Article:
A total of 48 reefs were surveyed over 6 years and across over 900 miles of coral in the Great Barrier Reef. Carrying out the study for 6 years allowed more accurate measuring of ocean temperature variations through a longer period of time to better identify if/how changing ocean temperatures can increase rates of disease in reefs. Scientists surveyed the number of reefs during this time and across the area infected with a disease called White Syndrome. They also looked at the total coverage of coral in the areas to see if their was a relationship between larger reef colonies and White Syndrome disease.
When compared to smaller reefs in warming waters, colonies of coral reef with greater amounts of overall cover (meaning they encompassed a larger area) had higher levels of diagnosed White Syndrome disease. From this, researchers suggest that warming waters can potentially decrease the ability of corals to resist disease, especially when they span over larger areas. Additionally, when the waters surrounding coral reefs fluctuate between cooler and warmer temperatures, additional health hazards can occur. Researchers found that warming waters can increase the opportunity for the spread of various diseases between multiple colonies.
Researchers also suggest that high areas of coral reef cover are able to spread White Syndrome more quickly due to the decrease in distance between different colonies. In contrast, reefs with lower levels of cover were less likely to become diseases ridden even when located in warming waters. However, in addition to smaller coverage, many of the reefs were already experiencing coral bleaching – preventing them from also being infected by White Syndrome.
Additionally, reefs lacking the proper abundance of local marine life experienced decreased health levels – as their usual ecosystem processes became impaired. This also prevented the reefs from being able to remain healthy overall. However, researchers suggest that marine life can also act as a vector for the spread of diseases in coral colonies. Because of this, it is important that consideration is given not to just the corals – but to the fish and surrounding water quality of the area as well. Even healthy corals that are surrounded by disease ridden reefs suffer from various ripple effects.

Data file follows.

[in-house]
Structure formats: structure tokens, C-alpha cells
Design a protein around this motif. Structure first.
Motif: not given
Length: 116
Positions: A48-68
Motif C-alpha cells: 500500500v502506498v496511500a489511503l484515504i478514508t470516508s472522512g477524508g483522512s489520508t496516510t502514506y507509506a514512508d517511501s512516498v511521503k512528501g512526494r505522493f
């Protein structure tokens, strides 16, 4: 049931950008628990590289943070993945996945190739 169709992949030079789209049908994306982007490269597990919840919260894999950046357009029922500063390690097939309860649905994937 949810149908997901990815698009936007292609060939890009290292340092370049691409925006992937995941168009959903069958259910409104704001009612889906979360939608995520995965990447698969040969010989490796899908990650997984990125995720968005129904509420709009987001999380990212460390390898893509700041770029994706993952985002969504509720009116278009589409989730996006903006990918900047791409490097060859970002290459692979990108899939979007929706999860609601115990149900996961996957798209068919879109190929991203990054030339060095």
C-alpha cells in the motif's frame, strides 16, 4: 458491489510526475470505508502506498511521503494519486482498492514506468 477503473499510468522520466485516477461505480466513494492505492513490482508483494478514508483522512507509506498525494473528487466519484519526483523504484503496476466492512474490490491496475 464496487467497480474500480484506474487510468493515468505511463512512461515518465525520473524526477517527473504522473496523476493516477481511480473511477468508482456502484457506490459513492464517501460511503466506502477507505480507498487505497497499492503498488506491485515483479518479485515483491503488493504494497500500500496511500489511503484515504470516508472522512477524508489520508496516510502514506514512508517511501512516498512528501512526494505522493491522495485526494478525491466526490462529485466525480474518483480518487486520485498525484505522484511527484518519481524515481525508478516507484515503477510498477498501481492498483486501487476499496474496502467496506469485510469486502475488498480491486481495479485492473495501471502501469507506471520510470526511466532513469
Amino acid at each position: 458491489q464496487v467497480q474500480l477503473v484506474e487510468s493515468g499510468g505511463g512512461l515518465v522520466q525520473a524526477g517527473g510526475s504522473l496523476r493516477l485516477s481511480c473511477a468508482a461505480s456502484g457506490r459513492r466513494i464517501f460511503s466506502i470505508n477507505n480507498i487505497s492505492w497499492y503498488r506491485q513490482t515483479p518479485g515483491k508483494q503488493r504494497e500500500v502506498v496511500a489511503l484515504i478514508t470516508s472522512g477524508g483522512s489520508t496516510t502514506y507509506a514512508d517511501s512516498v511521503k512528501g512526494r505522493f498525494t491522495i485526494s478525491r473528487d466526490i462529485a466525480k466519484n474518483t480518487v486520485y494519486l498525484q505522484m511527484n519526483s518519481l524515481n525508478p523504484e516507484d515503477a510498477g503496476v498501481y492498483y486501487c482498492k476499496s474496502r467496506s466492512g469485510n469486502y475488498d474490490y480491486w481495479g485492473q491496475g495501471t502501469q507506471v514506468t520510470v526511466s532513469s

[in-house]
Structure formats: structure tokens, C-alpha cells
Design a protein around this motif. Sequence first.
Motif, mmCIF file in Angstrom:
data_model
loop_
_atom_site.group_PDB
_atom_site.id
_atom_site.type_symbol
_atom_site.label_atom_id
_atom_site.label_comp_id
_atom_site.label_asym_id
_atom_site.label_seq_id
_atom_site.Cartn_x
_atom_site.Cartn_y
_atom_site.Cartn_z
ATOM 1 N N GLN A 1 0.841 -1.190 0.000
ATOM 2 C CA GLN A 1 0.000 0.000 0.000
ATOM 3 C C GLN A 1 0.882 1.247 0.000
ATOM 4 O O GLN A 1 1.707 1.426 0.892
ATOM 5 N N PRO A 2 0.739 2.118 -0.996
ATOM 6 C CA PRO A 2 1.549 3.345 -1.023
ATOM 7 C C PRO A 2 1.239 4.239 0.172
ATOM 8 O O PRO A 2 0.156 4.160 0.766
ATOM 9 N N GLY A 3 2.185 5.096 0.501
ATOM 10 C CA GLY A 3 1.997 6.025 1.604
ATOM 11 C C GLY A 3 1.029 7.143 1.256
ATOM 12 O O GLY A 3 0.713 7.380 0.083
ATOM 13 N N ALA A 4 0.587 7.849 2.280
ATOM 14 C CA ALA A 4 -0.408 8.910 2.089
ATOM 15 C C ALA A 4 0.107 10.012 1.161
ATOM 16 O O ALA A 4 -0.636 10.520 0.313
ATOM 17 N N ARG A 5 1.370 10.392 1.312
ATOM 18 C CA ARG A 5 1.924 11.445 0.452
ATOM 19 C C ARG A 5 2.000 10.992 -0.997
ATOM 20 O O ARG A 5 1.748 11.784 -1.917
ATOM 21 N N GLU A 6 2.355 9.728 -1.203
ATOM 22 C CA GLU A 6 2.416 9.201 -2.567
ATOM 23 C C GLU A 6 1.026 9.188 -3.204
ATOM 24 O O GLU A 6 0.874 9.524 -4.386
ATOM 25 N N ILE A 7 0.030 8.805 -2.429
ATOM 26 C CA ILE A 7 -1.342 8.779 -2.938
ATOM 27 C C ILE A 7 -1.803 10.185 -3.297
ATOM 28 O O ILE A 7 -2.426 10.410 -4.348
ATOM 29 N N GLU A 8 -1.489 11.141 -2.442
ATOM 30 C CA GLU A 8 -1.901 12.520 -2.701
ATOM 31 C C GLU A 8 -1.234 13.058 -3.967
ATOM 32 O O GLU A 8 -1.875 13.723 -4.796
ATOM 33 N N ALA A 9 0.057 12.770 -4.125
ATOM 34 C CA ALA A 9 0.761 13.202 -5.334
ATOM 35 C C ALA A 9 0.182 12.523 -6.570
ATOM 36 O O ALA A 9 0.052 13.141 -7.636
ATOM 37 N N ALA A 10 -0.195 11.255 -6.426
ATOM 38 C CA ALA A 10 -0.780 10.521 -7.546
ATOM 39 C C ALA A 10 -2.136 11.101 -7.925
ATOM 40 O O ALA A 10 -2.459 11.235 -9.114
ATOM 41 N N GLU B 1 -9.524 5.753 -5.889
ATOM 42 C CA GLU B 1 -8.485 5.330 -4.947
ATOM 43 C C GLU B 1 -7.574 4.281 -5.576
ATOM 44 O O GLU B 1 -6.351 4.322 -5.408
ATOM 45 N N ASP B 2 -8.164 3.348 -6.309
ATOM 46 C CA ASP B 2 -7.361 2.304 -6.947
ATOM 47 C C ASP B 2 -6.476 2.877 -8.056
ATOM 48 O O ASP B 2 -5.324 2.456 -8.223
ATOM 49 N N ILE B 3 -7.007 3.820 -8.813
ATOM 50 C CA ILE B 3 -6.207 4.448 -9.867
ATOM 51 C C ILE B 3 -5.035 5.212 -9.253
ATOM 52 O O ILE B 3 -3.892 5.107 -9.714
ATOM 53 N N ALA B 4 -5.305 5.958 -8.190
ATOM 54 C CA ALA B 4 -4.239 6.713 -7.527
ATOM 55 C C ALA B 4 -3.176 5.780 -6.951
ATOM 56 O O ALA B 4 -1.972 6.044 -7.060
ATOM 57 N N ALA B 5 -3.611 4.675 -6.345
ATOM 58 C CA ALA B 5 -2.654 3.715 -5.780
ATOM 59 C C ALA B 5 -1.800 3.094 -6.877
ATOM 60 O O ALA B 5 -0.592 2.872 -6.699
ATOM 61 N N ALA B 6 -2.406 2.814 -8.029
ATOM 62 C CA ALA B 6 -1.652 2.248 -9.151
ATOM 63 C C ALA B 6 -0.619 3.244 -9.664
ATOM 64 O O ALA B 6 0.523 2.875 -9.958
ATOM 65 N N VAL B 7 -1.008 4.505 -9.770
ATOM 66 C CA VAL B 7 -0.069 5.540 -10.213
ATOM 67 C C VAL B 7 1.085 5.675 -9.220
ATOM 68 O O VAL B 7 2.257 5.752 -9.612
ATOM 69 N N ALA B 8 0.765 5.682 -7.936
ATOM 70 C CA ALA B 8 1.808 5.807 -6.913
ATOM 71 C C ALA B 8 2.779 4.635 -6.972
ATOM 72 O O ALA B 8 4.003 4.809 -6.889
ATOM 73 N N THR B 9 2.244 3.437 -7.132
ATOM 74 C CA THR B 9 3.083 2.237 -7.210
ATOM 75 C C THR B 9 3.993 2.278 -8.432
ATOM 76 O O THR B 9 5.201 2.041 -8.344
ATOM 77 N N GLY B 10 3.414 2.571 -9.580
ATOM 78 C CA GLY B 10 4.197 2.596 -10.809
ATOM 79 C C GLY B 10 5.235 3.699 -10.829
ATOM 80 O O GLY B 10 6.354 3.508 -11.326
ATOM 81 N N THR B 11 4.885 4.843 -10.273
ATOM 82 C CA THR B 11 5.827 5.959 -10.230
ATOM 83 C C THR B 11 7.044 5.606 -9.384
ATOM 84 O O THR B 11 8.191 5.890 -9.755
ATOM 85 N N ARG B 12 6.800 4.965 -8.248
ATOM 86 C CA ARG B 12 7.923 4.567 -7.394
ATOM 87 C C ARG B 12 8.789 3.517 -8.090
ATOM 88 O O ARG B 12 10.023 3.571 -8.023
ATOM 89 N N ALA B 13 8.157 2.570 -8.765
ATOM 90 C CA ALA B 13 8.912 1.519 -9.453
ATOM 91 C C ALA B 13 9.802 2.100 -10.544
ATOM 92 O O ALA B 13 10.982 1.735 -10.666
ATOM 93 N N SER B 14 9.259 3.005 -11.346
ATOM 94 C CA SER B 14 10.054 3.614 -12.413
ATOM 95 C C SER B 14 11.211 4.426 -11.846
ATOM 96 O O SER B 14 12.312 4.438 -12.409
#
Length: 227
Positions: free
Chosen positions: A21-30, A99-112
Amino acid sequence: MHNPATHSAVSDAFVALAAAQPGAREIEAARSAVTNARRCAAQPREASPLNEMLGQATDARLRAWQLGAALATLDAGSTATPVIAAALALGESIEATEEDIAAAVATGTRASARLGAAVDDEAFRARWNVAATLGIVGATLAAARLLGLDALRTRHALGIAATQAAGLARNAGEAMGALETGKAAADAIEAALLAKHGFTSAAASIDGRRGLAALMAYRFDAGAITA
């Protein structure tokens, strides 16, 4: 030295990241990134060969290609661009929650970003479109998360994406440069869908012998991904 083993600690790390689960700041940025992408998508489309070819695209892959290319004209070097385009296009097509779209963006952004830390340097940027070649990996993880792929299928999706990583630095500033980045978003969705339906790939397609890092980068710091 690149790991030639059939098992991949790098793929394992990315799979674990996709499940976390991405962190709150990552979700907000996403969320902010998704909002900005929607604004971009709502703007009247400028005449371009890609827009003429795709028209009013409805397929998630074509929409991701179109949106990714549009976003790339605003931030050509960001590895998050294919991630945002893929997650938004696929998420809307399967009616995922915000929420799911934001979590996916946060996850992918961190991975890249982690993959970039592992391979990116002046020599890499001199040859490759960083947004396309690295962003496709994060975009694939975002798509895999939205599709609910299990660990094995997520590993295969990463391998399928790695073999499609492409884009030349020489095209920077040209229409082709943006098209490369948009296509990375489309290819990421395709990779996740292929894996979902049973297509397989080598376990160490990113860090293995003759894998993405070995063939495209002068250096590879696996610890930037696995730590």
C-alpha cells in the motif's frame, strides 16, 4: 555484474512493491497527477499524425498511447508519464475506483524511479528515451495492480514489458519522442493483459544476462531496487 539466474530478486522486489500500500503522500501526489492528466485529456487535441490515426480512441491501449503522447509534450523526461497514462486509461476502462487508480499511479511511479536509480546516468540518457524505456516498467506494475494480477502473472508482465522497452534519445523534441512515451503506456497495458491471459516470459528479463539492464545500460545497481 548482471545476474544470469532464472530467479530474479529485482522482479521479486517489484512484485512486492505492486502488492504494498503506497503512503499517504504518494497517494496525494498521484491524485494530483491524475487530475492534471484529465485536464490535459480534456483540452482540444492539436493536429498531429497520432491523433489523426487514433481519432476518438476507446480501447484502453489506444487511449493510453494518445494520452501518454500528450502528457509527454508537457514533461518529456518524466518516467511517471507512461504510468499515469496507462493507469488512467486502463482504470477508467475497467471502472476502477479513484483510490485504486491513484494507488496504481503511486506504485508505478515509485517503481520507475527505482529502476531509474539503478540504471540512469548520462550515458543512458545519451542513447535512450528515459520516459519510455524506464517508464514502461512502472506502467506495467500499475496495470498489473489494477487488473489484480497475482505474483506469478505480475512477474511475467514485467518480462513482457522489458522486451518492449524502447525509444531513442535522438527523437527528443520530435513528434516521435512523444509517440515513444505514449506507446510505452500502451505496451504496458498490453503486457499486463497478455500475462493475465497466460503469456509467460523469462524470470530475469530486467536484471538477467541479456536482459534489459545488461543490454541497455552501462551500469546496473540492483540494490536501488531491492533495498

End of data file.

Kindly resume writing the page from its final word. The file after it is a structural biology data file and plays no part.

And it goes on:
Furthermore, rising sea temperatures can reduce the abundance of keystone species and others which create the proper habitat for reefs to grow in. Without the proper habitat and the combined effects of warming waters, reefs are suffering at greater rates than naturally expected. For this reason, studying how reefs are directly impacted by warming waters is crucial, however; it is also important to consider what changing temperatures due to the local fish species as well.
Overall, there are many abiotic and biotic stressors that can impact coral reef immunity and susceptibility to getting disease such as White Syndrome. All are in need of consideration in order to ensure that the remaining reefs are sustained and others given the chance to regrow over long periods of time.
What do you think? Any questions? Please send them my way in the comment box below and I will do my best to find out the answers for you or to just respond back.
Also, check out the original article, Thermal Stress and Coral Cover as Drivers of Coral Disease Outbreaks, if you would like to view a more detailed version of the information summarized in sections 2-4 above.
Authors: John Bruno, Elizabeth Selig, Kenneth Casey, Cathie Page, Bette Willis, C. Harvell, Hugh Sweatman, Amy Melendy.
Published: June 2007 by PLoS Biology